• C03C2217/00Coatings on glass
    • C03C2217/20Materials for coating a single layer on glass
    • C03C2217/21Oxides
    • C03C2217/212TiO2
    • CCHEMISTRY; METALLURGY
    • C03GLASS; MINERAL OR SLAG WOOL
    • C03CCHEMICAL COMPOSITION OF GLASSES, GLAZES, OR VITREOUS ENAMELS; SURFACE TREATMENT OF GLASS; SURFACE TREATMENT OF FIBRES OR FILAMENTS MADE FROM GLASS, MINERALS OR SLAGS; JOINING GLASS TO GLASS OR OTHER MATERIALS
    • C03C2217/00Coatings on glass
    • C03C2217/20Materials for coating a single layer on glass
    • C03C2217/21Oxides
    • C03C2217/219CrOx, MoOx, WOx
    • CCHEMISTRY; METALLURGY
    • C03GLASS; MINERAL OR SLAG WOOL
    • C03CCHEMICAL COMPOSITION OF GLASSES, GLAZES, OR VITREOUS ENAMELS; SURFACE TREATMENT OF GLASS; SURFACE TREATMENT OF FIBRES OR FILAMENTS MADE FROM GLASS, MINERALS OR SLAGS; JOINING GLASS TO GLASS OR OTHER MATERIALS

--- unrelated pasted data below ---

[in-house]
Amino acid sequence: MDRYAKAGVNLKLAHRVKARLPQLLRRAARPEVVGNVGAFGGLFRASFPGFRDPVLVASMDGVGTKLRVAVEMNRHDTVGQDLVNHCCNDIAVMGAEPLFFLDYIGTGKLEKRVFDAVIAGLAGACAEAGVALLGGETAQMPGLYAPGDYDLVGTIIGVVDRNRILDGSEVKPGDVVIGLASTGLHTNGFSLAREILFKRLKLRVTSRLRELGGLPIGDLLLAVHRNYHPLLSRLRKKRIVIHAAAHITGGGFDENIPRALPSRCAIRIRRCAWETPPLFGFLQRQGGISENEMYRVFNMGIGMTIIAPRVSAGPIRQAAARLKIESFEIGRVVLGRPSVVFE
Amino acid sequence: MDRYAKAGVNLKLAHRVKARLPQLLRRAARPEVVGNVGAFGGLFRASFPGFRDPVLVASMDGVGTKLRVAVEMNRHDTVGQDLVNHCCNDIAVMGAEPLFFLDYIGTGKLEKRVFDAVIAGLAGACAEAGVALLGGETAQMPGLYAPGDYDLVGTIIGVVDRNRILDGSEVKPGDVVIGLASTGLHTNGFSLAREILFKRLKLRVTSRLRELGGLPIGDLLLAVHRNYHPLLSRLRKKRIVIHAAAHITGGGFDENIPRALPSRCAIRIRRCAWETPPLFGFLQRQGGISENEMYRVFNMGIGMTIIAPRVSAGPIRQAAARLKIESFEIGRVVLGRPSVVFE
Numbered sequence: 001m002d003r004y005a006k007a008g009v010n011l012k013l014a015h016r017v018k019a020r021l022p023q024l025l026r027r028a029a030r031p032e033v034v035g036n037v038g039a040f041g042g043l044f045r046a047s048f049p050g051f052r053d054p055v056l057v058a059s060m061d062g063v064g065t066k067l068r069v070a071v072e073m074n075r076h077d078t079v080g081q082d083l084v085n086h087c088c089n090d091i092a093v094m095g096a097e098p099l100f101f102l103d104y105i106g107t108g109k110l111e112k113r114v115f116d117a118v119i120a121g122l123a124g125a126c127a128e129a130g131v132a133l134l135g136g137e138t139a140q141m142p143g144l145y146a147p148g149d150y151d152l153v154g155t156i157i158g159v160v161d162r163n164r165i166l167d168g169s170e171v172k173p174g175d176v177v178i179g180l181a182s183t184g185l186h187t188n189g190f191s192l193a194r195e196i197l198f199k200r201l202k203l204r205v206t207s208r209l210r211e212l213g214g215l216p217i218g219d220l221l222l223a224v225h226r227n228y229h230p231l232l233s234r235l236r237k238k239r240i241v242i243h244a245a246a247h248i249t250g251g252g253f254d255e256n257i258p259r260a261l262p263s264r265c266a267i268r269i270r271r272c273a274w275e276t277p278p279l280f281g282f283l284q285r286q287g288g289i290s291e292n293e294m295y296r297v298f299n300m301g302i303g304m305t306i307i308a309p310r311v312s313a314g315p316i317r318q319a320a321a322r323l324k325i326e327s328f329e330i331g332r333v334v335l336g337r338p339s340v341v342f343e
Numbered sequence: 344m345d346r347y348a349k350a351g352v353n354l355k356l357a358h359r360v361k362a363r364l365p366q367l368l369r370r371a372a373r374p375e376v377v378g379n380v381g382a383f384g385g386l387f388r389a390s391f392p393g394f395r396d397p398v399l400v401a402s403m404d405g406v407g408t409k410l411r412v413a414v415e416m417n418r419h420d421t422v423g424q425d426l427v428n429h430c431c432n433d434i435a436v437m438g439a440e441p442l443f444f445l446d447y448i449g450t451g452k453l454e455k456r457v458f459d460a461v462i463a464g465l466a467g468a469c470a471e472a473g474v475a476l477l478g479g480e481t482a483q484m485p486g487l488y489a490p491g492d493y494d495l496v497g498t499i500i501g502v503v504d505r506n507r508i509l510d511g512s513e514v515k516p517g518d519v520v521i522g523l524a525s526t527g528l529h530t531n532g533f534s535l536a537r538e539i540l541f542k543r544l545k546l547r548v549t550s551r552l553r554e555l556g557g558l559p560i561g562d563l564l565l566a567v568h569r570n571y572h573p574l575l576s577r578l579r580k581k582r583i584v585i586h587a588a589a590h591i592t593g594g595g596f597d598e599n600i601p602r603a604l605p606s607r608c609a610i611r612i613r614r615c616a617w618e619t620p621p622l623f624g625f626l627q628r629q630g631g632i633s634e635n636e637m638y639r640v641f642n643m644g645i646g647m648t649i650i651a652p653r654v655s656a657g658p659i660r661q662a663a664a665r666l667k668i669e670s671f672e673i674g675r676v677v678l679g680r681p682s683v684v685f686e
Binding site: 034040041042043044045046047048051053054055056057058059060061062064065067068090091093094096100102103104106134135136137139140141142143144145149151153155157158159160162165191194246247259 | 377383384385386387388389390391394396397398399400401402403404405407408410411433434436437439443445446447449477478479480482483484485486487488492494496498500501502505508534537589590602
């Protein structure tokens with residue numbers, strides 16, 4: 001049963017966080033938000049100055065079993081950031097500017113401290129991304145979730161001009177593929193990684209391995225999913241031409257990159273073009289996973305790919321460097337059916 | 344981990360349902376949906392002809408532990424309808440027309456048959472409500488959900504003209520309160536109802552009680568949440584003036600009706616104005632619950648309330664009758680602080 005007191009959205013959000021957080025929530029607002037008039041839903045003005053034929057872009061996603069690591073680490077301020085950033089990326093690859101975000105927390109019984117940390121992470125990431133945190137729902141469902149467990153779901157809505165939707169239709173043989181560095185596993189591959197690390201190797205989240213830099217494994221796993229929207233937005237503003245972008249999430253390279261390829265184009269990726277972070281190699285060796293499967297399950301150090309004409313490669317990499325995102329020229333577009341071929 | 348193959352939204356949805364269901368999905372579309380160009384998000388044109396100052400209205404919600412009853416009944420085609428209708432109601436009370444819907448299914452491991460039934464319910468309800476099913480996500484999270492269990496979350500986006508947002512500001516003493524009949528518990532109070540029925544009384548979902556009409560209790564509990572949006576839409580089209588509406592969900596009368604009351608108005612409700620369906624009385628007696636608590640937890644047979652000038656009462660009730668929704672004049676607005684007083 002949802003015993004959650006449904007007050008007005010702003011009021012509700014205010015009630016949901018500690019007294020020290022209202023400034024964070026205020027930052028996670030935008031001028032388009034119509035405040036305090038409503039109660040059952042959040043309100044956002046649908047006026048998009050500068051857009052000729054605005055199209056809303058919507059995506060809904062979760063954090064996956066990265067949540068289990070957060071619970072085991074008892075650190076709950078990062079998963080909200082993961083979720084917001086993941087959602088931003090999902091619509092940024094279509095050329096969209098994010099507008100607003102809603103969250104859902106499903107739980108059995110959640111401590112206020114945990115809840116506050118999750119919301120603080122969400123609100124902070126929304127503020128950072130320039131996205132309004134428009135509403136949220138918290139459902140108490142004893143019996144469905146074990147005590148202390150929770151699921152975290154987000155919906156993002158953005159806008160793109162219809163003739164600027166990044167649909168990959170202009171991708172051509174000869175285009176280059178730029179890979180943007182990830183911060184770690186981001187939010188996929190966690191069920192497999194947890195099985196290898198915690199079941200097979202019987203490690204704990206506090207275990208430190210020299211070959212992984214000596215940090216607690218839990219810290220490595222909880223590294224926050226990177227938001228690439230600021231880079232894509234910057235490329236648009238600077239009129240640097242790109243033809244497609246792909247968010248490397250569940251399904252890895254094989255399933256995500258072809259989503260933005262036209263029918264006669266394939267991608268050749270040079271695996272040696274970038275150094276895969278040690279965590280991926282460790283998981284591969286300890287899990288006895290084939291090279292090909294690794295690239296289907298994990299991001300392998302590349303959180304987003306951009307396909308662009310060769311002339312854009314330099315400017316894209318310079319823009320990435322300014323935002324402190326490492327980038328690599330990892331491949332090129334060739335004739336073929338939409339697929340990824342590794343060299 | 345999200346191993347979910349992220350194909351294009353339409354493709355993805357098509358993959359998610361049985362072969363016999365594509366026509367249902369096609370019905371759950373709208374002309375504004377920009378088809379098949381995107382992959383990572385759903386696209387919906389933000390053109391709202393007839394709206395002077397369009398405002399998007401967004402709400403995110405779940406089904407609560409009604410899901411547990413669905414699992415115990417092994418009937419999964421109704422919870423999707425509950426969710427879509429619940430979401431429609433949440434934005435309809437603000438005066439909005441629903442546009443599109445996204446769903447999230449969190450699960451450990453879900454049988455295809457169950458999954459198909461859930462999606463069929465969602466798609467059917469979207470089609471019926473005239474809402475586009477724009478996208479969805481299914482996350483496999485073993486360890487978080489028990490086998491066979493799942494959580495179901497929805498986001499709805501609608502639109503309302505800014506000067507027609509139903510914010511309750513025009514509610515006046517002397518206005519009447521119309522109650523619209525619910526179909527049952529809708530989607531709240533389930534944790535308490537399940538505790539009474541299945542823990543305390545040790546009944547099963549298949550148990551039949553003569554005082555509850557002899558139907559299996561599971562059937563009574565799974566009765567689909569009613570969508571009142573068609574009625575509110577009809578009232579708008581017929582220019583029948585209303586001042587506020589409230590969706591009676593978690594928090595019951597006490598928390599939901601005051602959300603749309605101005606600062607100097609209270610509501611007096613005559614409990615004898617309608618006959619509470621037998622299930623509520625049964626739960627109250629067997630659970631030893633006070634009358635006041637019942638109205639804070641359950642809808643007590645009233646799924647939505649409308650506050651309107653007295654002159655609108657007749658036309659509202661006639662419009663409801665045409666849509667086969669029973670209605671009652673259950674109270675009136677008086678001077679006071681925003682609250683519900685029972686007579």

• C03C2217/00Coatings on glass
    • C03C2217/20Materials for coating a single layer on glass
    • C03C2217/21Oxides
    • C03C2217/23Mixtures
    • CCHEMISTRY; METALLURGY
    • C03GLASS; MINERAL OR SLAG WOOL
    • C03CCHEMICAL COMPOSITION OF GLASSES, GLAZES, OR VITREOUS ENAMELS; SURFACE TREATMENT OF GLASS; SURFACE TREATMENT OF FIBRES OR FILAMENTS MADE FROM GLASS, MINERALS OR SLAGS; JOINING GLASS TO GLASS OR OTHER MATERIALS
    • C03C2217/00Coatings on glass
    • C03C2217/70Properties of coatings
    • C03C2217/71Photocatalytic coatings
    • CCHEMISTRY; METALLURGY
    • C03GLASS; MINERAL OR SLAG WOOL
    • C03CCHEMICAL COMPOSITION OF GLASSES, GLAZES, OR VITREOUS ENAMELS; SURFACE TREATMENT OF GLASS; SURFACE TREATMENT OF FIBRES OR FILAMENTS MADE FROM GLASS, MINERALS OR SLAGS; JOINING GLASS TO GLASS OR OTHER MATERIALS
    • C03C2217/00Coatings on glass